Crafted by esteemed ceramicist Paul Philp, this sublime vessel is handmade using coiling techniques from a blend of contrasting clays. With emphasis placed on material and form, Philp created this remarkable limited-edition series that was influenced by Modernism and Art Deco architectural design styles. Adopting his own ideas to these movements, he developed an innovative body of work which encompasses his impressive research and masterly hand.
Using multiple high temperature firings allows for thin layers of material to be applied to the stoneware surface throughout the entire making process. The first is fired at 1000°C to harden the material, followed by a second or third at 1250°C, to then dip in liquid China clay. This produces a white surface, which is later painted.
This vessel has an intriguing shape and a distinct quality that reflects Philp's practice and echo’s his historical references. Experimenting with tin oxide, crude iron enables him to pay careful attention to colour and tone. The gritty surface of this piece is perfectly combined with two panels that are mirrored on both sides, with exquisite speckled tones across the body. The subtle ridge at the opening is also a beautiful feature, adding to the enticing charm of Philp's formations.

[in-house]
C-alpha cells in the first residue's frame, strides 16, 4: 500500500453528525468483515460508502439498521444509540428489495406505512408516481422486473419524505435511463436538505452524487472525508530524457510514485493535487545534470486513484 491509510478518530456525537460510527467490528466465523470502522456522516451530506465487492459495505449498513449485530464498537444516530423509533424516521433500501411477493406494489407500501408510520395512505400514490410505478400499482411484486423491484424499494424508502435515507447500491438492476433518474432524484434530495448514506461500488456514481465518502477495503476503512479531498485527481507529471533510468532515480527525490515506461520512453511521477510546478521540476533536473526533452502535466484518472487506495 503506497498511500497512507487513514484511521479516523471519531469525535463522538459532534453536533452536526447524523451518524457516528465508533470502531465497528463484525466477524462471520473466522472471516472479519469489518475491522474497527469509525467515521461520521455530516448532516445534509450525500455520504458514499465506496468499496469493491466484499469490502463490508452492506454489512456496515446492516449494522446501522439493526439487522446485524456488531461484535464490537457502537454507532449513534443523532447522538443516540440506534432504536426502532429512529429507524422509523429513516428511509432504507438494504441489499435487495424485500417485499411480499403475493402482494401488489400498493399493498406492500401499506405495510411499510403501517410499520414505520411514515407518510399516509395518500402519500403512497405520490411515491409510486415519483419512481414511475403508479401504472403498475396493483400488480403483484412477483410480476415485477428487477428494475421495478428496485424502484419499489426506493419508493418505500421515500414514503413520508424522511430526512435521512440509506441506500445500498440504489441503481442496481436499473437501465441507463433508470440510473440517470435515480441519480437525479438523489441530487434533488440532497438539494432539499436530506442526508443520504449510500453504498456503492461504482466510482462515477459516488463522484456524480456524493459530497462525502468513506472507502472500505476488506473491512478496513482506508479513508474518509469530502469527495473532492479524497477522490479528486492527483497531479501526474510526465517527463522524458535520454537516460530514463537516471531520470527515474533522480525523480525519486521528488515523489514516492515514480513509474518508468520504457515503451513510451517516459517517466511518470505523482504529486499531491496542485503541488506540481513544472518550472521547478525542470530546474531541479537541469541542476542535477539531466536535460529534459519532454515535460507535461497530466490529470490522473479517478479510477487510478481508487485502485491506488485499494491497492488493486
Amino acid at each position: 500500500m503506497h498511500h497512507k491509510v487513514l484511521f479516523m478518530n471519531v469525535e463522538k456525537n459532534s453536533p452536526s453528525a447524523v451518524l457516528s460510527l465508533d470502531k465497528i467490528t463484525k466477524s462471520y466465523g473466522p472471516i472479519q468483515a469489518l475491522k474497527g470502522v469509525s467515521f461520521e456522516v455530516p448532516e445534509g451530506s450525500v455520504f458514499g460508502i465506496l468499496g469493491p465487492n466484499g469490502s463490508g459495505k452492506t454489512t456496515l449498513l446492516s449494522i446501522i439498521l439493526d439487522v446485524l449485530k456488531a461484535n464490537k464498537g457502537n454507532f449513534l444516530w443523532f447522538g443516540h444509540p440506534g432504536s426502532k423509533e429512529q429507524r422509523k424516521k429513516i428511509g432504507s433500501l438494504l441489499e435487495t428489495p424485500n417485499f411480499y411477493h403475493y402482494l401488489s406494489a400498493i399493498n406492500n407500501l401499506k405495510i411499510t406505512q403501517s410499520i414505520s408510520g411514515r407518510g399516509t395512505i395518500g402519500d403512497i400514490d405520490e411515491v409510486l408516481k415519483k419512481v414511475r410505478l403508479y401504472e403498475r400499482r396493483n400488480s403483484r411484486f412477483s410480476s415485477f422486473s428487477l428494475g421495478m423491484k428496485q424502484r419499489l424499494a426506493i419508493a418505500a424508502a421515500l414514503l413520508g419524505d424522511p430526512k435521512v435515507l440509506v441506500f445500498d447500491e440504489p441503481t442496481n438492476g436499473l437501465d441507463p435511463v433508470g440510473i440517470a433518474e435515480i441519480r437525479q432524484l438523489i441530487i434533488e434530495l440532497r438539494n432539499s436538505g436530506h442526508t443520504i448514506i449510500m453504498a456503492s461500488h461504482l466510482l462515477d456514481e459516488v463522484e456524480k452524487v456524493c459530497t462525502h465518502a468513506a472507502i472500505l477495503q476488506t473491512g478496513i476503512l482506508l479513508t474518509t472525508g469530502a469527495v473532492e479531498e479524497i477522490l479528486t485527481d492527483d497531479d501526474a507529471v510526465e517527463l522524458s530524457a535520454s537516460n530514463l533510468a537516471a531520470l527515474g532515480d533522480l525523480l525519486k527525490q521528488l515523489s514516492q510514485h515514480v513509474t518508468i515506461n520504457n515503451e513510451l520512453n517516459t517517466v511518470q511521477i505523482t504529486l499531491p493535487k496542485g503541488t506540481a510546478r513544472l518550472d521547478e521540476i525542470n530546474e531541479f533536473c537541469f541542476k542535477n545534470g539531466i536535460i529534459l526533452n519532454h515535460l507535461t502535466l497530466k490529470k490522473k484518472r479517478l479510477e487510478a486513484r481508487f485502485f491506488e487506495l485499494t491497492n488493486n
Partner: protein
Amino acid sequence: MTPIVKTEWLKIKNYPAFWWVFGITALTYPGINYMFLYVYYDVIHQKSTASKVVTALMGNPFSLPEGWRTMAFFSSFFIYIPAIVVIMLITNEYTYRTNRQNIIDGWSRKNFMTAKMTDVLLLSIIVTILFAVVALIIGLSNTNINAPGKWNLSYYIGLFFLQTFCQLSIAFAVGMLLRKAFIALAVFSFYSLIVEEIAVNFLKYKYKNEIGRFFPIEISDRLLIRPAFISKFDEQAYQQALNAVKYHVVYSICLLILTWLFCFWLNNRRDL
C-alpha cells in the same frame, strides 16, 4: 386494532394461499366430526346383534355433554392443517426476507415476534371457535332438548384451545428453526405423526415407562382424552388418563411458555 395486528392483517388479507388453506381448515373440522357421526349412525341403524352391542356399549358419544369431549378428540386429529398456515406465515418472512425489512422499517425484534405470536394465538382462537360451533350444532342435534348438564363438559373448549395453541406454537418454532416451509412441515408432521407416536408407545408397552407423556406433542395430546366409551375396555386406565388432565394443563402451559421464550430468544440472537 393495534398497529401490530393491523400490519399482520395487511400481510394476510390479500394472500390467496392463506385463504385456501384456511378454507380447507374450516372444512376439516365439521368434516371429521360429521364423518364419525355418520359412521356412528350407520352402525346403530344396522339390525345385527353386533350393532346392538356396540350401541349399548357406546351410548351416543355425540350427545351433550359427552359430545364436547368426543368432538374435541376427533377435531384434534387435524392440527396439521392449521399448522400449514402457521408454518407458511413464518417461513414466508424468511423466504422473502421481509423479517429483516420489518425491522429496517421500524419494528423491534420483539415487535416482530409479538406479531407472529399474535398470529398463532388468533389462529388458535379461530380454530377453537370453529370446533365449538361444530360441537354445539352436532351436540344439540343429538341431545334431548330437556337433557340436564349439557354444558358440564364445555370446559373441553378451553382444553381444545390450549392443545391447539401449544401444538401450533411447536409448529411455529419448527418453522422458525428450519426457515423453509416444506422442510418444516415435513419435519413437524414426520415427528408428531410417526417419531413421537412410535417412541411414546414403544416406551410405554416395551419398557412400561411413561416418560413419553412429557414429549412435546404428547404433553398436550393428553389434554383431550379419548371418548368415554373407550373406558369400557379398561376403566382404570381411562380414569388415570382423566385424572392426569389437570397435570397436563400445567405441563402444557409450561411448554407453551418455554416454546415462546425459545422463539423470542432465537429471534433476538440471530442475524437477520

About the Artist
Paul has been working with clay for over forty years and over that time has experimented with a variety of materials and techniques, some of which have never been tried before. This has resulted in equal measures of delight and frustration as some attempts work and others fail. It’s not an easy task especially as each of his pieces face, what he calls an “unknown future”, as various “breakdowns” (unpredictable cracks and fissures) occur as they are fired multiple times in the kiln. However, this is all part of Paul Philp’s unique creative process. It’s very important to him that each of his pieces develop into something that have their own individual character and identity. He wants them to have a life beyond him and soon after he starts to create them, they should continue on a journey of their own. We are attracted to this idea and hope that as owners and inheritors of his pieces that they will continue their journey in our own homes and beyond.